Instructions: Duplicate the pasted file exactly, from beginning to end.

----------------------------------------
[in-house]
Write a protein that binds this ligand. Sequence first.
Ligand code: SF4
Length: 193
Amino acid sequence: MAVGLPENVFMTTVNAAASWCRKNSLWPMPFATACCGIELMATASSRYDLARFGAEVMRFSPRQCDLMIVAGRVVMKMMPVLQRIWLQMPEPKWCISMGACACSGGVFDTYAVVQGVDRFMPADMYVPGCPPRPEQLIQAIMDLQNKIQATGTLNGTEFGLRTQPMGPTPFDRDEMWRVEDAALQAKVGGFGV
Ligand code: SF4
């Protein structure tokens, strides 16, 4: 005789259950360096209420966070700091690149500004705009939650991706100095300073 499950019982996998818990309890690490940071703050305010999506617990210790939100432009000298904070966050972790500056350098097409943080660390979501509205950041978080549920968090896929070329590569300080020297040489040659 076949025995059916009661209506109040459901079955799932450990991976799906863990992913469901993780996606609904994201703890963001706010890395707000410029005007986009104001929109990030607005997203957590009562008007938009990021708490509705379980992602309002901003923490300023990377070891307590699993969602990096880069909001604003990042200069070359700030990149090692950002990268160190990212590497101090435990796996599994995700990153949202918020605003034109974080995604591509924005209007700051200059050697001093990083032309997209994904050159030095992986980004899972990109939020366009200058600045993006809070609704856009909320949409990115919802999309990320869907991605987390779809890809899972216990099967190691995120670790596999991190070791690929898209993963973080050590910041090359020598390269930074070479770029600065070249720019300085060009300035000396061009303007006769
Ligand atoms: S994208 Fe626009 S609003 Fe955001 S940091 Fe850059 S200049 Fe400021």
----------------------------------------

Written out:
[in-house]
Write a protein that binds this ligand. Sequence first.
Ligand code: SF4
Length: 193
Amino acid sequence: MAVGLPENVFMTTVNAAASWCRKNSLWPMPFATACCGIELMATASSRYDLARFGAEVMRFSPRQCDLMIVAGRVVMKMMPVLQRIWLQMPEPKWCISMGACACSGGVFDTYAVVQGVDRFMPADMYVPGCPPRPEQLIQAIMDLQNKIQATGTLNGTEFGLRTQPMGPTPFDRDEMWRVEDAALQAKVGGFGV
Ligand code: SF4
């Protein structure tokens, strides 16, 4: 005789259950360096209420966070700091690149500004705009939650991706100095300073 499950019982996998818990309890690490940071703050305010999506617990210790939100432009000298904070966050972790500056350098097409943080660390979501509205950041978080549920968090896929070329590569300080020297040489040659 076949025995059916009661209506109040459901079955799932450990991976799906863990992913469901993780996606609904994201703890963001706010890395707000410029005007986009104001929109990030607005997203957590009562008007938009990021708490509705379980992602309002901003923490300023990377070891307590699993969602990096880069909001604003990042200069070359700030990149090692950002990268160190990212590497101090435990796996599994995700990153949202918020605003034109974080995604591509924005209007700051200059050697001093990083032309997209994904050159030095992986980004899972990109939020366009200058600045993006809070609704856009909320949409990115919802999309990320869907991605987390779809890809899972216990099967190691995120670790596999991190070791690929898209993963973080050590910041090359020598390269930074070479770029600065070249720019300085060009300035000396061009303007006769
Ligand atoms: S994208 Fe626009 S609003 Fe955001 S940091 Fe850059 S200049 Fe400021």